Grammar in the news!


I am indulging myself in another non-law post.  It is about semicolons.  Can anyone explain to me why a small article about semicolons is the most e-mailed New York Times article TWO DAYS running?  I love semicolons; people who know me well know that I like grammar.  My students sometimes critique me in my evaluations for being so “picky” about it.  You’re welcome; I thought you came to college to learn, in part, how to write.  I find grammar fun and funny; I find great humor in the blog of unnecessary quotation marks even if Mary Pattillo does not.  This blog being one of the very few things we do not mutually find funny. 

But seriously?  Most e-mailed?  Explain.


5 Responses to Grammar in the news!

  1. jeffaregularworkinglawyer says:

    I love, love, love semicolons; I sometimes overuse them. This is so much better than “I love, love, love semicolons. I sometimes overuse them.”

    Tell your students to grow up, and learn to punctuate. They think you’re picky? Wait until they meet me, their future employer.

    My copy of Strunk & White, third edition (1979), points out that while semicolons, and not commas, should be used to join independent clauses, “there is an exception when the clauses are very short and alike in form, or when the tone of the sentence is easy and conversational.” An example: “Here today, gone tomorrow.” Another: “The gates swung apart, the bridge fell, the portcullis was drawn up.” Something to keep in mind.

  2. briand0n0van says:

    I’ve seen some David Brooks columns run on the most popular list for multiple days, so nothing surprises me.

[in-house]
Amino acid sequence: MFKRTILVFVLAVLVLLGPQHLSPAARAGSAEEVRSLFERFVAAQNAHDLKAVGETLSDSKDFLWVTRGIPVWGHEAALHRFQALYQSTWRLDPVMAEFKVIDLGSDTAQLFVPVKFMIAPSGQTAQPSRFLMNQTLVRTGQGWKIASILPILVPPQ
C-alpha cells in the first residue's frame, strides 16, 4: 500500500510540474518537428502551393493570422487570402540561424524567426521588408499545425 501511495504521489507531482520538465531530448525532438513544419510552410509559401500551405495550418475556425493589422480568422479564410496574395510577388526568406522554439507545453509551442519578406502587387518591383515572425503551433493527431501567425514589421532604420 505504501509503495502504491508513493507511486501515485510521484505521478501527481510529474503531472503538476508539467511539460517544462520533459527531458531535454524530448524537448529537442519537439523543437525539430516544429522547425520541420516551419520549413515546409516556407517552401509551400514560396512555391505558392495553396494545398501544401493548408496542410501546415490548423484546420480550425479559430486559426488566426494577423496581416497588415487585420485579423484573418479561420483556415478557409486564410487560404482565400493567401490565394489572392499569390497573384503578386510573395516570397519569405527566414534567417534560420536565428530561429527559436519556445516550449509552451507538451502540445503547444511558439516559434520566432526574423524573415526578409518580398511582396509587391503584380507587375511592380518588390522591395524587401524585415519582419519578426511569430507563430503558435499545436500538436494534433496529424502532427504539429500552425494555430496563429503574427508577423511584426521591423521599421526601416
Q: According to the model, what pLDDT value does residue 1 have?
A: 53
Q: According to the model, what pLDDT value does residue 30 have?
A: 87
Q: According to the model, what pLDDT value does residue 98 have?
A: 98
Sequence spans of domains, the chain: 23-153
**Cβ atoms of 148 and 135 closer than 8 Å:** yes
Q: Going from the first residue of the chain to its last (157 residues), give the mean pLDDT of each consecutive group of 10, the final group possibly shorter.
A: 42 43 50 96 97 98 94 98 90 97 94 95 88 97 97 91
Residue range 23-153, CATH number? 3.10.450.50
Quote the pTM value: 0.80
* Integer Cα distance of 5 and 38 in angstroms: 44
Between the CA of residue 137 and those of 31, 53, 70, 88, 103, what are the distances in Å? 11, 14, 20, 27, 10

I think Bourdieu can help explain the popularity of the article. Proper use of semicolons signifies cultural capital, and circulating the article shows that you care about refined things like grammar and usage.

    I’m a fan of the semicolon, too, but here’s an entirely different perspective from a copy editor (and the author of the fun & fantastic Grammar Snobs are Great Big Meanies).

  3. robertlnelson says:

    LB, are you saying some people are in favor of a semicolonoscopy? Shocking.

    I think my heaviest semicolon use appears in a series of series. Seriously. Like you have a series, but some elements of the series are themselves a series that must be separated by commas. The only resort is to use the semicolon. I realize this is an inferior use, for which I must semi-apologize.

  4. laurabethnielsen says:

    semicolonoscopy. Hilarious. Should have been the title of the post.

    B: I think you are right about Bourdieu – I can just imagine the accompanying text: FINALLY! Someone who appreciates the nuances of grammar as much as I do!

  5. robertlnelson says:

    Hi Brian,
    Nice to have you raising the level of our discourse. Do you rollerblade around the KU campus? I will leave the obscure reference for cocktail party conversation.

    What is the deal with Kansas? Would Obama have a chance against McCain out there in wheat country?

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